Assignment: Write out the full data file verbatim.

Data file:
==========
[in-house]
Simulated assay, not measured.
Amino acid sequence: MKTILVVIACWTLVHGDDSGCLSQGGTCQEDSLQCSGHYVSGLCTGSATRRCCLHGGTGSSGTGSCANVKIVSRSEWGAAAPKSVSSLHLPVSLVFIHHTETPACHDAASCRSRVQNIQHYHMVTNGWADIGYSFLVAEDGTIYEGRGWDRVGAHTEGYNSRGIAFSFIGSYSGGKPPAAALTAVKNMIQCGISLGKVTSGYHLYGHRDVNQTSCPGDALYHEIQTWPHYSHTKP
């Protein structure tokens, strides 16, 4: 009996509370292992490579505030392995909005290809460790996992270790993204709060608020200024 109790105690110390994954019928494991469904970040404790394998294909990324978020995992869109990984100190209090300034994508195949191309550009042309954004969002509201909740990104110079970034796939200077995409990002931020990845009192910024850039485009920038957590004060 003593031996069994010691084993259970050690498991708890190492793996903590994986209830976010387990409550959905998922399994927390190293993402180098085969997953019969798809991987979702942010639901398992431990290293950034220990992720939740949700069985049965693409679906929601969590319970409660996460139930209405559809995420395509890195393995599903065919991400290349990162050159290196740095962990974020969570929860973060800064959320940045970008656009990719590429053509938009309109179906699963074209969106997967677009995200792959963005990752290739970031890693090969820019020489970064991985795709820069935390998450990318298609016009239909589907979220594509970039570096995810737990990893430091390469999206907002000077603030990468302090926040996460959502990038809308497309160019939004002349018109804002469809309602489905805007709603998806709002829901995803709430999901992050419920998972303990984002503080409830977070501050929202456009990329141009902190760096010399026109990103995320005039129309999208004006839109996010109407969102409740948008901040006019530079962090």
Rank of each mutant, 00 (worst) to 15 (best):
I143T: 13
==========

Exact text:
[in-house]
Simulated assay, not measured.
Amino acid sequence: MKTILVVIACWTLVHGDDSGCLSQGGTCQEDSLQCSGHYVSGLCTGSATRRCCLHGGTGSSGTGSCANVKIVSRSEWGAAAPKSVSSLHLPVSLVFIHHTETPACHDAASCRSRVQNIQHYHMVTNGWADIGYSFLVAEDGTIYEGRGWDRVGAHTEGYNSRGIAFSFIGSYSGGKPPAAALTAVKNMIQCGISLGKVTSGYHLYGHRDVNQTSCPGDALYHEIQTWPHYSHTKP
């Protein structure tokens, strides 16, 4: 009996509370292992490579505030392995909005290809460790996992270790993204709060608020200024 109790105690110390994954019928494991469904970040404790394998294909990324978020995992869109990984100190209090300034994508195949191309550009042309954004969002509201909740990104110079970034796939200077995409990002931020990845009192910024850039485009920038957590004060 003593031996069994010691084993259970050690498991708890190492793996903590994986209830976010387990409550959905998922399994927390190293993402180098085969997953019969798809991987979702942010639901398992431990290293950034220990992720939740949700069985049965693409679906929601969590319970409660996460139930209405559809995420395509890195393995599903065919991400290349990162050159290196740095962990974020969570929860973060800064959320940045970008656009990719590429053509938009309109179906699963074209969106997967677009995200792959963005990752290739970031890693090969820019020489970064991985795709820069935390998450990318298609016009239909589907979220594509970039570096995810737990990893430091390469999206907002000077603030990468302090926040996460959502990038809308497309160019939004002349018109804002469809309602489905805007709603998806709002829901995803709430999901992050419920998972303990984002503080409830977070501050929202456009990329141009902190760096010399026109990103995320005039129309999208004006839109996010109407969102409740948008901040006019530079962090």
Rank of each mutant, 00 (worst) to 15 (best):
I143T: 13